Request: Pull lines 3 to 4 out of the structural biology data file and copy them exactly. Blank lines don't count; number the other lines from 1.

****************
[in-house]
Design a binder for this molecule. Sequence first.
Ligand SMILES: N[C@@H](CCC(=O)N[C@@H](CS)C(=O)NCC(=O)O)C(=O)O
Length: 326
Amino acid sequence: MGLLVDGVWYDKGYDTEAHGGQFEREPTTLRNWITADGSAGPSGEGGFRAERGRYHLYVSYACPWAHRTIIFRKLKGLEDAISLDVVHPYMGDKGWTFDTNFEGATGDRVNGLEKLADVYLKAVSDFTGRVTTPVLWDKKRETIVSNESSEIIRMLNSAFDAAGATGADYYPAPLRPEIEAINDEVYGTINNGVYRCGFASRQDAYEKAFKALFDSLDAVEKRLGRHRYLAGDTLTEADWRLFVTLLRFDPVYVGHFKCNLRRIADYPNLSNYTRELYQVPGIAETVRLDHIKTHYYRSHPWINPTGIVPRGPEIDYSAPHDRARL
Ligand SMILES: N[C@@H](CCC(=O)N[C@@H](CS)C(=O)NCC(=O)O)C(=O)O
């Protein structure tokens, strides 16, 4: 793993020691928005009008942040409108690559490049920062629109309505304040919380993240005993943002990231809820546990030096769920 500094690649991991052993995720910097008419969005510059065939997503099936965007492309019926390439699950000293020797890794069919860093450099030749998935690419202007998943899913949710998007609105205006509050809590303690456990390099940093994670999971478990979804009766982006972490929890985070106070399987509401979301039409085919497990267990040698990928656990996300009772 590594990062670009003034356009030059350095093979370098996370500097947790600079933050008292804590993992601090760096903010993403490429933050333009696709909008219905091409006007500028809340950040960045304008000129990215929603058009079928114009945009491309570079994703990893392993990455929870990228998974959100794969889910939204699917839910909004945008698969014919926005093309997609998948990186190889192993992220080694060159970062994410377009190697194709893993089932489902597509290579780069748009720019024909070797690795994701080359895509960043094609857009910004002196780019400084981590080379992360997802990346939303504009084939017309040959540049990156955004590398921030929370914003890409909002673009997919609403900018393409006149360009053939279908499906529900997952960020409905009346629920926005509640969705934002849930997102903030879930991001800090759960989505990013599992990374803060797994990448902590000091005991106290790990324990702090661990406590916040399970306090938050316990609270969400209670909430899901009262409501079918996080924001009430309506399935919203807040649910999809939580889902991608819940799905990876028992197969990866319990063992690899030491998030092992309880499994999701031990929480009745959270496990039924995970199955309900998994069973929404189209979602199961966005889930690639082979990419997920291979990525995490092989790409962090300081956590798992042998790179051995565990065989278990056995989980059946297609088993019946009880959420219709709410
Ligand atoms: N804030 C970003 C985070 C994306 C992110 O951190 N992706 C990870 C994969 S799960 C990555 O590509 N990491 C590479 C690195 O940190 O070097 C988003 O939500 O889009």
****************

Ligand SMILES: N[C@@H](CCC(=O)N[C@@H](CS)C(=O)NCC(=O)O)C(=O)O
Length: 326